In various studies it was found that when the microplastic reaches the body of the various animals, it may cause, among other things, neurological problems, developmental problems, changes in the secretion of hormones and effects on growth and fetal development.

As mentioned, it was recently announced that microplastics were also found in bottled water, a fact that emphasizes the enormous dimensions of the phenomenon of microplastics in water in the world, although it is not yet known what the effect of microplastics is on humans.

The researchers suggest focusing long-term research and conservation efforts in several main areas: the Mediterranean Sea, the Gulf of Mexico, the Bay of Bengal in the Indian Ocean and the Coral Triangle (an area of ​​coral reefs in Southeast Asian waters). All these areas are home to large plankton eaters and the microplastic levels in the water are high.

Despite the knowledge that already exists on the subject, and considering that the production of plastic in the world is only increasing and the large marine animals continue to be at risk, the researchers emphasize that a lot of research is still needed in order to better understand the phenomenon of microplastics and how it harms the large marine animals.

Until we know more about the effects of microplastics, part of the solution to this problem is in our hands. The plastic reaches the sea as a result of excessive consumption of plastic products and the dumping of plastic waste in the coastal and marine environment and to reduce the use of plastic and prevent it from flowing into the sea, we do not have to wait for scientists.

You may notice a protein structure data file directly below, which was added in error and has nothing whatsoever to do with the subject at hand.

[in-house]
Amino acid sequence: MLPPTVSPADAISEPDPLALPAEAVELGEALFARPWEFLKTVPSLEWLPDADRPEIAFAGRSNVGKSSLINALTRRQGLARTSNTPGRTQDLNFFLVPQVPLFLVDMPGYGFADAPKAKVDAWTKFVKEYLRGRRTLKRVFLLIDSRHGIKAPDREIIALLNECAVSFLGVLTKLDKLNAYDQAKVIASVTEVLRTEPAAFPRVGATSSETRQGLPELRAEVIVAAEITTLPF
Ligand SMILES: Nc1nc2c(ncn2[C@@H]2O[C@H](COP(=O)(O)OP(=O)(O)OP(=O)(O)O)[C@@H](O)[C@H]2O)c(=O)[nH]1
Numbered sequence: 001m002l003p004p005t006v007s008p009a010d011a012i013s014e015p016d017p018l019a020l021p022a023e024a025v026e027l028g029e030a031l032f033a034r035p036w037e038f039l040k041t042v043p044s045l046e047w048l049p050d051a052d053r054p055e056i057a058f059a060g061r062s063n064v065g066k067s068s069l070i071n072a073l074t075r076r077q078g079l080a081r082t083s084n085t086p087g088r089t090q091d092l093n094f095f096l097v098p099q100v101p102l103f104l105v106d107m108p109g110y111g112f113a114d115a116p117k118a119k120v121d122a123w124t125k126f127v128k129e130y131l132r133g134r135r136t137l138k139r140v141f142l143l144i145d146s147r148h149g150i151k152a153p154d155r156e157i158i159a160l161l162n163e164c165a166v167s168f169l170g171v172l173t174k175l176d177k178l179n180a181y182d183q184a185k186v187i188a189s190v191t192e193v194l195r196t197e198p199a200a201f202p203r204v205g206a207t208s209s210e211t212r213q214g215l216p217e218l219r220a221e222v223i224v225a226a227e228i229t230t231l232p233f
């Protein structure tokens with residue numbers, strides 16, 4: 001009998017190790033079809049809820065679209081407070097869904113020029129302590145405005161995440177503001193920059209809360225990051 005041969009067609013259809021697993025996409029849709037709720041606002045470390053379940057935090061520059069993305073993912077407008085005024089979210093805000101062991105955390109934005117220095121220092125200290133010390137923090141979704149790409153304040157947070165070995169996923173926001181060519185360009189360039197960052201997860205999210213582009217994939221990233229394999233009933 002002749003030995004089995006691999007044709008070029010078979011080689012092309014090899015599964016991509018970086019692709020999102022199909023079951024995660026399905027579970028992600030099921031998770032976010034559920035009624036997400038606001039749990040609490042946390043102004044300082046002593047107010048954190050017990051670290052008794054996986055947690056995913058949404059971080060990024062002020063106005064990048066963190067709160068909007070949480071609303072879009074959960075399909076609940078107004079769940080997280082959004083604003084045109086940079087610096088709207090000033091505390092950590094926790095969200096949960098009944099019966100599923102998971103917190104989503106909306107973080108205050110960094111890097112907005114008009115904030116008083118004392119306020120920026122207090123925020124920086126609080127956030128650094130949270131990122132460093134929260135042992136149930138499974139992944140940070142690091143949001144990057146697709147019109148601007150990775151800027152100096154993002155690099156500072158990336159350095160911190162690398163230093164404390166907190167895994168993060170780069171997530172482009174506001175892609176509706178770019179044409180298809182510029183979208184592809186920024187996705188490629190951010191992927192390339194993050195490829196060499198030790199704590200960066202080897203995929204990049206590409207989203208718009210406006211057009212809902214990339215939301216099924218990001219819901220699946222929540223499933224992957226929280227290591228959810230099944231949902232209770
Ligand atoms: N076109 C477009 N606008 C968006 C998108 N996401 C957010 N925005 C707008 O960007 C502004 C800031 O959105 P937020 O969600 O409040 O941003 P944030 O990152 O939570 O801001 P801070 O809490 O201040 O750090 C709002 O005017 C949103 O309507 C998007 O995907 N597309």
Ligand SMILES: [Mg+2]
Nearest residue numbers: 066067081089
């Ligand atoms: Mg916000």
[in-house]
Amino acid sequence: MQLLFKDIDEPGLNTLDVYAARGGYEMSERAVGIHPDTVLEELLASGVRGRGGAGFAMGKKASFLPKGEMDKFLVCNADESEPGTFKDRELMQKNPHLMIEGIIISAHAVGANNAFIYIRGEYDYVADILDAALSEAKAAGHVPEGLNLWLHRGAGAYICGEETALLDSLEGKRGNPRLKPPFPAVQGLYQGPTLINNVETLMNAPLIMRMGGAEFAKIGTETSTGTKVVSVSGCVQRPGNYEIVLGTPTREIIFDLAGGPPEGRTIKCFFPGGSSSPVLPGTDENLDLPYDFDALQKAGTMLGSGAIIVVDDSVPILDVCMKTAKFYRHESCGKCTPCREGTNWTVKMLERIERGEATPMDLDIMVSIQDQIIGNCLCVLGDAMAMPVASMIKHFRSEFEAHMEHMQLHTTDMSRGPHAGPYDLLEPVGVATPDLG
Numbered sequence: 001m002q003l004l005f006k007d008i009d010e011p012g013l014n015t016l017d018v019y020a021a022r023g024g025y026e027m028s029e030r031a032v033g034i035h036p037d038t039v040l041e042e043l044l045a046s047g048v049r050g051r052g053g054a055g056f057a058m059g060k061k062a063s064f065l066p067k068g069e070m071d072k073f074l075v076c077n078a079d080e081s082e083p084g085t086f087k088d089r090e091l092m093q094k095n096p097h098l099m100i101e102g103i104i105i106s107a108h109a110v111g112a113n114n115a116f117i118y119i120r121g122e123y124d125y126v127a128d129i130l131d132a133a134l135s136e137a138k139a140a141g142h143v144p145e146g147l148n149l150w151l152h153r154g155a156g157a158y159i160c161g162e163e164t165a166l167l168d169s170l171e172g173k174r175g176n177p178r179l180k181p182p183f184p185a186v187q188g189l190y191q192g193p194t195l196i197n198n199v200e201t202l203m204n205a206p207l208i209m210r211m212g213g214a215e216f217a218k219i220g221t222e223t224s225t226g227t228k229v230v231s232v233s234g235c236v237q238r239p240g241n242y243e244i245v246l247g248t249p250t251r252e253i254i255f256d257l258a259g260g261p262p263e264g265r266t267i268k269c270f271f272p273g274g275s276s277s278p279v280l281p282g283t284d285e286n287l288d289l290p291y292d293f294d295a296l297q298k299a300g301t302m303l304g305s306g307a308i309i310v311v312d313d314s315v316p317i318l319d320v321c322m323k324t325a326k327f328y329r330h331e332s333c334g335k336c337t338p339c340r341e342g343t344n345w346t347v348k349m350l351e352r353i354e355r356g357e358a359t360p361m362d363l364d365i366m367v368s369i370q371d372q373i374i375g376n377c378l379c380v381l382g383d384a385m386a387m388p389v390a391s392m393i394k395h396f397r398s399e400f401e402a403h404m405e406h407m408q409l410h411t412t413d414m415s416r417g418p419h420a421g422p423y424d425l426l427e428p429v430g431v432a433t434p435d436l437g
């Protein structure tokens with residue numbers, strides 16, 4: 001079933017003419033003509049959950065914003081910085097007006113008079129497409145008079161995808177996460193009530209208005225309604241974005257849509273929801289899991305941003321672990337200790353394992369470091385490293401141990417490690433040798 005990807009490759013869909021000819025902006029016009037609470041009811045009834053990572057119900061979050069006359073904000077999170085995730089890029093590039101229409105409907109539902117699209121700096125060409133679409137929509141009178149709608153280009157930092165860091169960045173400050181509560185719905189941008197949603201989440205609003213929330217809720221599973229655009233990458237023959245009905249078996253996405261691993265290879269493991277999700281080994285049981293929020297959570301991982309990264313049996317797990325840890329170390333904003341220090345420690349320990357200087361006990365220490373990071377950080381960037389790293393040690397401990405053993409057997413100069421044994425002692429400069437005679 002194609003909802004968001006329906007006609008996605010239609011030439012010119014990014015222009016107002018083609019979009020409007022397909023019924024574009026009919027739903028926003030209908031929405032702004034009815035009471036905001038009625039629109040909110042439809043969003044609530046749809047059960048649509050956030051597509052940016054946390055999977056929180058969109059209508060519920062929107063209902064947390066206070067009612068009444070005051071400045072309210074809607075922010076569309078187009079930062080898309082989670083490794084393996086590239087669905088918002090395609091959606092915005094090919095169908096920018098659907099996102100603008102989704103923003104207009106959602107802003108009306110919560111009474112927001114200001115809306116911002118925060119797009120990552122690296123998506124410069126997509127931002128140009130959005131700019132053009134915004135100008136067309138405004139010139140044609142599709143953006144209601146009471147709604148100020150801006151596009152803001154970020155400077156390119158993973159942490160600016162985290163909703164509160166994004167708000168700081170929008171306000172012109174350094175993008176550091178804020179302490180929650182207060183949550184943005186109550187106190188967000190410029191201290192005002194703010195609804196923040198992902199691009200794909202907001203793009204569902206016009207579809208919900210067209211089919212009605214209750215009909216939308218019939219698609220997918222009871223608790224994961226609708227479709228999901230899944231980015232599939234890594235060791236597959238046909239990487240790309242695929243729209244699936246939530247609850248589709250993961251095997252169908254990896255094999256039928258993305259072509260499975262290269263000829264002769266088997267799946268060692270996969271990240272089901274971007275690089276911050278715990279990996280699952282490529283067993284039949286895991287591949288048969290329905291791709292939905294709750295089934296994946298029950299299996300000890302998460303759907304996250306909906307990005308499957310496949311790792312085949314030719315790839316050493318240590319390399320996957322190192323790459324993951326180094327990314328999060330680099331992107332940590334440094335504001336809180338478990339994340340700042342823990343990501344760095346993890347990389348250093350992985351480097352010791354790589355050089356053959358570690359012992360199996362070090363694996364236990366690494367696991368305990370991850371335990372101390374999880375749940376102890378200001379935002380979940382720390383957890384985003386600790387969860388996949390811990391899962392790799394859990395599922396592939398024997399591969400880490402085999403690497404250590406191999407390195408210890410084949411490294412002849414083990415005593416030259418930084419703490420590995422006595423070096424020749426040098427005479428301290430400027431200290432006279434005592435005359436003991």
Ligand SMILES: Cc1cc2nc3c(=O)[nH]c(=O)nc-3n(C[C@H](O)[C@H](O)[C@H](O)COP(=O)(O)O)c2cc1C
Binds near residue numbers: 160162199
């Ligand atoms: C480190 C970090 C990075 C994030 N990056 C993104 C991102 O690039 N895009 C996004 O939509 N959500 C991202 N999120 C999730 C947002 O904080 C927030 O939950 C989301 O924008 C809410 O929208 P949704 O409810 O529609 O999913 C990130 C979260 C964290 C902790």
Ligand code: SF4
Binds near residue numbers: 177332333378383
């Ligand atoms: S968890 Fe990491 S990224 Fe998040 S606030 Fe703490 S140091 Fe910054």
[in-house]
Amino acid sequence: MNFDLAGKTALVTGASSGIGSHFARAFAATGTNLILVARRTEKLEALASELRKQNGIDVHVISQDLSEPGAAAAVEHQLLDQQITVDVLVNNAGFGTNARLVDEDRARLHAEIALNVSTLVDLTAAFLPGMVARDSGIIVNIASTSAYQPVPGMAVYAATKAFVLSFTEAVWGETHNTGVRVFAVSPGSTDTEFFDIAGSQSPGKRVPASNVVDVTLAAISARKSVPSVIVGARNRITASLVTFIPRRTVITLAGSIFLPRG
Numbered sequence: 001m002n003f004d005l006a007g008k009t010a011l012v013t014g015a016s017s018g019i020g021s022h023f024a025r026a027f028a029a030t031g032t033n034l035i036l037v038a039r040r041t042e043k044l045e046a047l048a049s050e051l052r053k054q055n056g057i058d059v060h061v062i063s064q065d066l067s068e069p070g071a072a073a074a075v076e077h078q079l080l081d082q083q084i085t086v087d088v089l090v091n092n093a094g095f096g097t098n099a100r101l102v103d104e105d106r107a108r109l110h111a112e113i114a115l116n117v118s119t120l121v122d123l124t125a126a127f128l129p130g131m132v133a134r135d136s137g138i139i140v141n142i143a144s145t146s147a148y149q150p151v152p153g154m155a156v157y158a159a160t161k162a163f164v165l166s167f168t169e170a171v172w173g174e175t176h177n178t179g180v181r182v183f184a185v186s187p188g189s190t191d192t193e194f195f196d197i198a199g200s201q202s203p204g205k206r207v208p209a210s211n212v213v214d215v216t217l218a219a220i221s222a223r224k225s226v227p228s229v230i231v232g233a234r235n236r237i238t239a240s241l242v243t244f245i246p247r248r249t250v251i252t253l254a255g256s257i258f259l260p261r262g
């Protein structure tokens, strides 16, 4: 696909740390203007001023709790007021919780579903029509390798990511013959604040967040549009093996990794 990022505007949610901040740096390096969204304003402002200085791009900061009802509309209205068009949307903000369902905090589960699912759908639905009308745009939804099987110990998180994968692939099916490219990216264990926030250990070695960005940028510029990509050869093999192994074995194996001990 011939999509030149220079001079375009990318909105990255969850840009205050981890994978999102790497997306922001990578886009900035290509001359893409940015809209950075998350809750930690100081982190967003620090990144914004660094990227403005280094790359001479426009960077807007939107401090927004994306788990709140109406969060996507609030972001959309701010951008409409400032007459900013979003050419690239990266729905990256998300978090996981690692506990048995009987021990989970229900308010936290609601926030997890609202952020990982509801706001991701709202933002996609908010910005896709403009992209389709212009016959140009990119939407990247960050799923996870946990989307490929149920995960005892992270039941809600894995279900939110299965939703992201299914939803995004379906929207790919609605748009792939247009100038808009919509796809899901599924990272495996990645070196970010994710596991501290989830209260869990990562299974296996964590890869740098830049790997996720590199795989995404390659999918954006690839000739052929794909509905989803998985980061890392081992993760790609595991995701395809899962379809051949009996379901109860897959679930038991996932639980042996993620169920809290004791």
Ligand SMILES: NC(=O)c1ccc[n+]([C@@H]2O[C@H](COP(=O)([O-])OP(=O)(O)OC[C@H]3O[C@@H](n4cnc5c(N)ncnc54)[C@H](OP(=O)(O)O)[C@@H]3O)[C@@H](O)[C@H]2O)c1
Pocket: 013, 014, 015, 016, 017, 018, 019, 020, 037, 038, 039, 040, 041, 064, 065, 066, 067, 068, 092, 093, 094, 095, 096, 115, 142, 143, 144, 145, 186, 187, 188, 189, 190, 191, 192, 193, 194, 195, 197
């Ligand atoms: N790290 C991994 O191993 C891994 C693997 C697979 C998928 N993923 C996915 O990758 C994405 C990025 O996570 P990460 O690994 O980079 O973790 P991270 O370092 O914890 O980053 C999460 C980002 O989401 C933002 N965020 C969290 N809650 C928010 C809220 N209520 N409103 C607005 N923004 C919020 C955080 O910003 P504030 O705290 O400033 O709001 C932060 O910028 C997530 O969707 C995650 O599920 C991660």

More of the topic in Hayadan:

2 תגובות

  1. The interesting question is when a new type of marine animal will develop that will feed on plastic. Will it take 1000 years from a million years or do such creatures already exist and they will soon take over the oceans because they have endless food?

  2. An important paragraph is missing on the possibility that microplastics enter our food system in two ways,
    The simple and direct one when we eat fish,
    Also, desalinated water originating from the sea contains microplastics that pass through the membranes,
    The indirect second: purified sewage water that originates from desalinated water
    Used for irrigation, the microplastic penetrates vegetables and fruits
    and we eat